Let's learn about bivariate data and linear relationship in A-Level Maths!

**Bivariate Data**

Consider the below results table, for the variables x and y.

Data that consists of **pairs of values of two random variables**, like the above table, is called **Bivariate data**.

The explanatory variable is usually plotted as x, and, in the context of an experiment, is the variable that is changed. The response variable changes as a result, and is dependent on the explanatory variable.

Plotting the above data on a **scatter graph** is a good way of determining linear relationships.

We would say that this data is positively correlated. Correlation is the focus later on in this segment.

Also, we could plot a line of **best fit** on this data so as to evaluate the linear trend.

The above diagram shows the same data, but with a line of best fit. When working on paper, we would judge a line of best fit on eye, whilst a computer will use a mathematical method to calculate the perfect line of best fit based on the whole data set. This mathematical method will form the focus on linear regression in this chapter.

A line of best fit, called a least squares regression line in the Statistics world, will be a linear line. Linear lines have the following formula:

**y = mx + c**

The gradient, m, needs to be calculated, as well as the y-intercept, c.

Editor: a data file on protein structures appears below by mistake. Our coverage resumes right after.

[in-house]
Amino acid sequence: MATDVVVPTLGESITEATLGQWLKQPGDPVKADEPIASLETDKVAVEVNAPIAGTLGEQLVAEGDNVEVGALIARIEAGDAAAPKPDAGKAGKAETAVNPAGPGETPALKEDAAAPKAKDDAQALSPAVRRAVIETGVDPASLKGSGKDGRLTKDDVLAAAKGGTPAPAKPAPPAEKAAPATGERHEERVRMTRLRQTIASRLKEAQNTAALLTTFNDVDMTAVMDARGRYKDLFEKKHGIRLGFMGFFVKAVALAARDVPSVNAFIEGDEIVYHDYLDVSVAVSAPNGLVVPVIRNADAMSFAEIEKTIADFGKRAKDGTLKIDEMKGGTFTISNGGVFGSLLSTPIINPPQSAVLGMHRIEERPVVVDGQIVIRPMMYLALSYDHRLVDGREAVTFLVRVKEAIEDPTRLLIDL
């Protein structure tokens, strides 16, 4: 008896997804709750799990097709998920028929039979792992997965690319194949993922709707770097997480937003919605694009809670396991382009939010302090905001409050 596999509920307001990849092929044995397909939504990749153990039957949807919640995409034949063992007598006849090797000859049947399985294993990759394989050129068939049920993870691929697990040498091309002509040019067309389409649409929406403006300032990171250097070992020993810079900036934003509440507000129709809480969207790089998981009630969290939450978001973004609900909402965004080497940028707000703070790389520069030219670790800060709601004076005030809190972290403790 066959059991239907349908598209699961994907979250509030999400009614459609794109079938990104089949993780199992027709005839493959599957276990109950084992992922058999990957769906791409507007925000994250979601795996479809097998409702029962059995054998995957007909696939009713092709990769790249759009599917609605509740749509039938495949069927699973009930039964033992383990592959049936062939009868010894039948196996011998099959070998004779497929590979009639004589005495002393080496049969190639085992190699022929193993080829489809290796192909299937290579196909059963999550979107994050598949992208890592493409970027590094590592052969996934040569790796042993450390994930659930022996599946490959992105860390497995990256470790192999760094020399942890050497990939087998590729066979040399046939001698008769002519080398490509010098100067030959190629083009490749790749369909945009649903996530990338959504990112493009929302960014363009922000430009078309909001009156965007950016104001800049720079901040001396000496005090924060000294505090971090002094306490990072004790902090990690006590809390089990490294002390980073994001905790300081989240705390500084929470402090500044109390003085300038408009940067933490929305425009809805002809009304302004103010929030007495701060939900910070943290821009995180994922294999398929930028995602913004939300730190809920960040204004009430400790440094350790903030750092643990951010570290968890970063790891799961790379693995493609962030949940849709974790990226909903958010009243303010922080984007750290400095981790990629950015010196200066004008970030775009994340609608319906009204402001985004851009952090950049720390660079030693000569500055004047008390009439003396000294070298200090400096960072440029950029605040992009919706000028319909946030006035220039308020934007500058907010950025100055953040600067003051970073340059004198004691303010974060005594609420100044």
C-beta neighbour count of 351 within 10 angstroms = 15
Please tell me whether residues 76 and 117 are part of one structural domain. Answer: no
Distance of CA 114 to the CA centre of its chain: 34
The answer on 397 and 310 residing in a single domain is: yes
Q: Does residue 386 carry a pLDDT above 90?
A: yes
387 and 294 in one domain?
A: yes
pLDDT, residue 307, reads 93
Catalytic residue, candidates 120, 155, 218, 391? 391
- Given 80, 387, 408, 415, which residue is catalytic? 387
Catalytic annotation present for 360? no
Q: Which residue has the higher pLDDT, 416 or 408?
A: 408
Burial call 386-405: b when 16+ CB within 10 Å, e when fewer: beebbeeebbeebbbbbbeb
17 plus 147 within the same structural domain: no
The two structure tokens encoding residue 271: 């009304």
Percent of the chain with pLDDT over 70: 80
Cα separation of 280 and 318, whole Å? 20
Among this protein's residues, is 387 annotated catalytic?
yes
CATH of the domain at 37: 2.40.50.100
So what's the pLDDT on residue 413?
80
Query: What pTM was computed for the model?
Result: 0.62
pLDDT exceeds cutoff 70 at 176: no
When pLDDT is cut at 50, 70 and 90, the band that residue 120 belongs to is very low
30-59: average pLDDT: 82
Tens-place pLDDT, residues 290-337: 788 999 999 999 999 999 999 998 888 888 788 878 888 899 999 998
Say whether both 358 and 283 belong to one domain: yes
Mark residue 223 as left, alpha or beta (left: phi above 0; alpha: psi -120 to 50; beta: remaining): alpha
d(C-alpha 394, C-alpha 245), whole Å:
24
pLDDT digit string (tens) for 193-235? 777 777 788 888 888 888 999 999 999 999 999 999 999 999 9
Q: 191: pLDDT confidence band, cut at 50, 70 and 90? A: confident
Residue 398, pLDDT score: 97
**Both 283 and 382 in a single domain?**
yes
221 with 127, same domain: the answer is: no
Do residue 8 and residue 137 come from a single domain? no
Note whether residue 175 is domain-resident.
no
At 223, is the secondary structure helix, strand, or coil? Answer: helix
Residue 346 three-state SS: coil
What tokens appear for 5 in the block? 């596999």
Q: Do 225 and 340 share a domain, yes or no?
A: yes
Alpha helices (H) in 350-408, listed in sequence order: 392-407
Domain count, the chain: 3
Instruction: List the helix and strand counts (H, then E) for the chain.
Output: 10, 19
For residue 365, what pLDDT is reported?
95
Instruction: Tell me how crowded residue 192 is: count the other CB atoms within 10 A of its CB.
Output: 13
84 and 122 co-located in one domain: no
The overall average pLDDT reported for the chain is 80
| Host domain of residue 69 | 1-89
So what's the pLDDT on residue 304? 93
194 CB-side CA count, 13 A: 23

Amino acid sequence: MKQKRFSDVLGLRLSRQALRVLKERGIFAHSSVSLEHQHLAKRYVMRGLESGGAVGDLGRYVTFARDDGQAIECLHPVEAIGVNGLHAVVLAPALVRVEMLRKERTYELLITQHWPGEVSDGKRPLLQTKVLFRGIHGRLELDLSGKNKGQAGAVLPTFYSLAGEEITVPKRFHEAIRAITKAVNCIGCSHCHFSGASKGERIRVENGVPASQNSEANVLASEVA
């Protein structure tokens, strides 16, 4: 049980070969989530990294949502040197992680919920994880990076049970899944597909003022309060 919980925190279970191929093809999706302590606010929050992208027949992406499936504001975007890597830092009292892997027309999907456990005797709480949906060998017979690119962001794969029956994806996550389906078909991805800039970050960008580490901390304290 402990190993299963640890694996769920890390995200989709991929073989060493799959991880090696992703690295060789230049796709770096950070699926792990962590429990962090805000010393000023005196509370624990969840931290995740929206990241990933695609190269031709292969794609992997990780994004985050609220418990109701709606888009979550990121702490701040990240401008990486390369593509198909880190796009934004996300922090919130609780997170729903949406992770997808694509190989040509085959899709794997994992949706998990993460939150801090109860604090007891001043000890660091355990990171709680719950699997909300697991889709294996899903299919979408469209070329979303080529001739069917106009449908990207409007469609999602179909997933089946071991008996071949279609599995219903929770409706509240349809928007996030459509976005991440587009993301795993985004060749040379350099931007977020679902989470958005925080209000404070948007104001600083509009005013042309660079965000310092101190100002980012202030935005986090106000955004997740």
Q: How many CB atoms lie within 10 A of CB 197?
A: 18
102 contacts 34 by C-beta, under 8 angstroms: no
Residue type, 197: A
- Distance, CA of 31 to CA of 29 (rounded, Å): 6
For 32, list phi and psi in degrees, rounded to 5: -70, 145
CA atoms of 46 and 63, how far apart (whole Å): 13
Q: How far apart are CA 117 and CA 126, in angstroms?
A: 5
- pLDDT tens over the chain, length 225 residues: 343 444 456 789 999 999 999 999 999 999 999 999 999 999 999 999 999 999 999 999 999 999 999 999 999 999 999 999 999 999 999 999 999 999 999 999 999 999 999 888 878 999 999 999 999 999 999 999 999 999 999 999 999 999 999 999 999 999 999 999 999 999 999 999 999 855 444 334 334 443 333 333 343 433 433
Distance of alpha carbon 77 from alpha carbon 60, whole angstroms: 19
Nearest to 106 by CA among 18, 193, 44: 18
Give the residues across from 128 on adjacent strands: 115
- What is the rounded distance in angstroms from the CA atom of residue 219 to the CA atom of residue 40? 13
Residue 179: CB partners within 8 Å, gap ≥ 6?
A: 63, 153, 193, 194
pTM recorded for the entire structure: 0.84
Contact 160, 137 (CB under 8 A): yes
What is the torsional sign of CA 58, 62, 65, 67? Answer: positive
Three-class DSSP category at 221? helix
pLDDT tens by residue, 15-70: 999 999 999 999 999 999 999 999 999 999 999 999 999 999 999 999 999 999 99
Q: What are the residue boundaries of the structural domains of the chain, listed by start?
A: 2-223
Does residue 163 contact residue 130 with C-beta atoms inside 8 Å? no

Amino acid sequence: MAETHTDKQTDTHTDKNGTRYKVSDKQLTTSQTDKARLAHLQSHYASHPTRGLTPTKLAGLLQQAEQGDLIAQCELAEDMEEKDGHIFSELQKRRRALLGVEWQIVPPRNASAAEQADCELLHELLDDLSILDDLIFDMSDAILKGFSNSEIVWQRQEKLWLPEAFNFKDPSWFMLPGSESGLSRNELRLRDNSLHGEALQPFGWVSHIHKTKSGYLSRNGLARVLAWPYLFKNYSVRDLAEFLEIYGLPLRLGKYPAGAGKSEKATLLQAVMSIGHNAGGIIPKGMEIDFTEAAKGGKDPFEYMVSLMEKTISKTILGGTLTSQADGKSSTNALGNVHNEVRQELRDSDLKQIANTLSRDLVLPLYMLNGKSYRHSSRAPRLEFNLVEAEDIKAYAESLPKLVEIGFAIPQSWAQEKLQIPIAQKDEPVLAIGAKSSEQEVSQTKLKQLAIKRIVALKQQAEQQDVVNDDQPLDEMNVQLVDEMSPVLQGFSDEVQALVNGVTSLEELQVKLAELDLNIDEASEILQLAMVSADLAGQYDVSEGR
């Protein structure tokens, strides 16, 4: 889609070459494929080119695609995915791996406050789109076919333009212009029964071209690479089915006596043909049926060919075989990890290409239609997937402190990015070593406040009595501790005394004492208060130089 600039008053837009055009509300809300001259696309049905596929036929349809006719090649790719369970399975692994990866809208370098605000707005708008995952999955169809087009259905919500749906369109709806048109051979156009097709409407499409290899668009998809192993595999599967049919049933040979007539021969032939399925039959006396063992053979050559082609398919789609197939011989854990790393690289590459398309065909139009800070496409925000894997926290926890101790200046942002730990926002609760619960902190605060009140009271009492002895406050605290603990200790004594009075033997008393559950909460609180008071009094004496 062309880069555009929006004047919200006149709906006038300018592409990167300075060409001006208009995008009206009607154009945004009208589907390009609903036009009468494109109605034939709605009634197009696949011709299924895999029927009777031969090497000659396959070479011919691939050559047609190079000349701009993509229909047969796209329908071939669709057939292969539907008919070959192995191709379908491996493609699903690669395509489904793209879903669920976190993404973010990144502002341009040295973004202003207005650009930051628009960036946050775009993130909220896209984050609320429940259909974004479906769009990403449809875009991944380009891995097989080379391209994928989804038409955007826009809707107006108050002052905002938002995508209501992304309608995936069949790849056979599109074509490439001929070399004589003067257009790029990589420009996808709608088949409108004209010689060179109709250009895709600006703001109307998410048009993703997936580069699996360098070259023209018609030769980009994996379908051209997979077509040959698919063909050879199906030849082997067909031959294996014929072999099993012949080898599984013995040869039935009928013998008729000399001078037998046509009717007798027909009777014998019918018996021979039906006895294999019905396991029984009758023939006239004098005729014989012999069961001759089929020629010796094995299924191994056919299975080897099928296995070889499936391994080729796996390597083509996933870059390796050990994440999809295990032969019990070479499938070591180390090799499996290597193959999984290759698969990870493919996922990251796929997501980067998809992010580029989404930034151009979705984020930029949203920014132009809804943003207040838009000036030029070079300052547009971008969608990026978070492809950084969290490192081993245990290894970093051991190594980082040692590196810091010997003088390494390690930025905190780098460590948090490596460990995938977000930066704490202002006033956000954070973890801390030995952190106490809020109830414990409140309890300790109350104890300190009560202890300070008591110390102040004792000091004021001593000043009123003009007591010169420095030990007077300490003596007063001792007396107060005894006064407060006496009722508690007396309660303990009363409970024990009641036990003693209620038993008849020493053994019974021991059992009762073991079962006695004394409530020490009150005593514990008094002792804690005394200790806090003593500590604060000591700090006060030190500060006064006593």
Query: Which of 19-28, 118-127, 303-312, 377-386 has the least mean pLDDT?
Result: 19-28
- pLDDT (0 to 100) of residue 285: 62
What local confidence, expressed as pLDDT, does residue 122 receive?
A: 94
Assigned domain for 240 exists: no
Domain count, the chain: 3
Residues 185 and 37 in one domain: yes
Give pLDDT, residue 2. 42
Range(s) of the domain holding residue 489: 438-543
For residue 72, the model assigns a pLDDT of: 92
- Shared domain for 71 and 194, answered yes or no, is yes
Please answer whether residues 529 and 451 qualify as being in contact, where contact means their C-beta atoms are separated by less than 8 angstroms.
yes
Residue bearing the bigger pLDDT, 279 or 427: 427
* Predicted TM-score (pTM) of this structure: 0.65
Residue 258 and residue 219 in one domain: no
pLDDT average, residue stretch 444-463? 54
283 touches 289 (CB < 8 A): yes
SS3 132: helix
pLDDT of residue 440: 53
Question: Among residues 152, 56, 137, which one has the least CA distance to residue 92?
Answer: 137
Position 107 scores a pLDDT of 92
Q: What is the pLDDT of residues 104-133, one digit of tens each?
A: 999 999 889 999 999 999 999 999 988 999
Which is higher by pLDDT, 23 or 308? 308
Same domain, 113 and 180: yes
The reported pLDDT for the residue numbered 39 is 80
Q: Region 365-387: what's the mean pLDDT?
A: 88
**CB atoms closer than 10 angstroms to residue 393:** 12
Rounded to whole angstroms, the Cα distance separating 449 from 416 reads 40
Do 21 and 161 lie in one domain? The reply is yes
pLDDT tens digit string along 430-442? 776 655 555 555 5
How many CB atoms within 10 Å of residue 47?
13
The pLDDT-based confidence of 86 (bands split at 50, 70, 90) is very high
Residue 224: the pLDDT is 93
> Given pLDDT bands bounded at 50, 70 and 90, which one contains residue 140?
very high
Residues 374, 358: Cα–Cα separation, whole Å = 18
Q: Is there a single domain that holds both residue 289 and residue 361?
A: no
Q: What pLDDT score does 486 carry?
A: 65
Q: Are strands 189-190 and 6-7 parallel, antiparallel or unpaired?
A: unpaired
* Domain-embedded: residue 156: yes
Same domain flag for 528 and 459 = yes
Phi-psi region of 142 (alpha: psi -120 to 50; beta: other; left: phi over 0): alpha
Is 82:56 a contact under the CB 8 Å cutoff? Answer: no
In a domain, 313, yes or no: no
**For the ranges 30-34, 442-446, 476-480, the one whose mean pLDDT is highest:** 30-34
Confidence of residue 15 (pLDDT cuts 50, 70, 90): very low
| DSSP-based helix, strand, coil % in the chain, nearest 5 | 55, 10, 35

If the data follows a negative relationship, then the gradient of the least squares regression line will be negative, and if the data follows a positive relationship, the gradient of the least squares regression line will be positive.

A linear regression line will always pass through the point ( x̄ , ȳ), the mean of the explanatory variable and the mean of the response variable.

The regression coefficient of y on x (the way to calculate the value of b, the gradient) is given by the expression:

Which means the covariance of the Bivariate data divided by the variance of the explanatory variable. This is expressed in the below formula, for b:

Where n is the number of data pairs, so, for example, in the table presented on the previous page, n would equal 9. To calculate the value of a, the y-intercept, we use the below formula:

Drafted by Eunice (Maths)

Reference

https://mathtec.weebly.com/bivariate-data-2020.html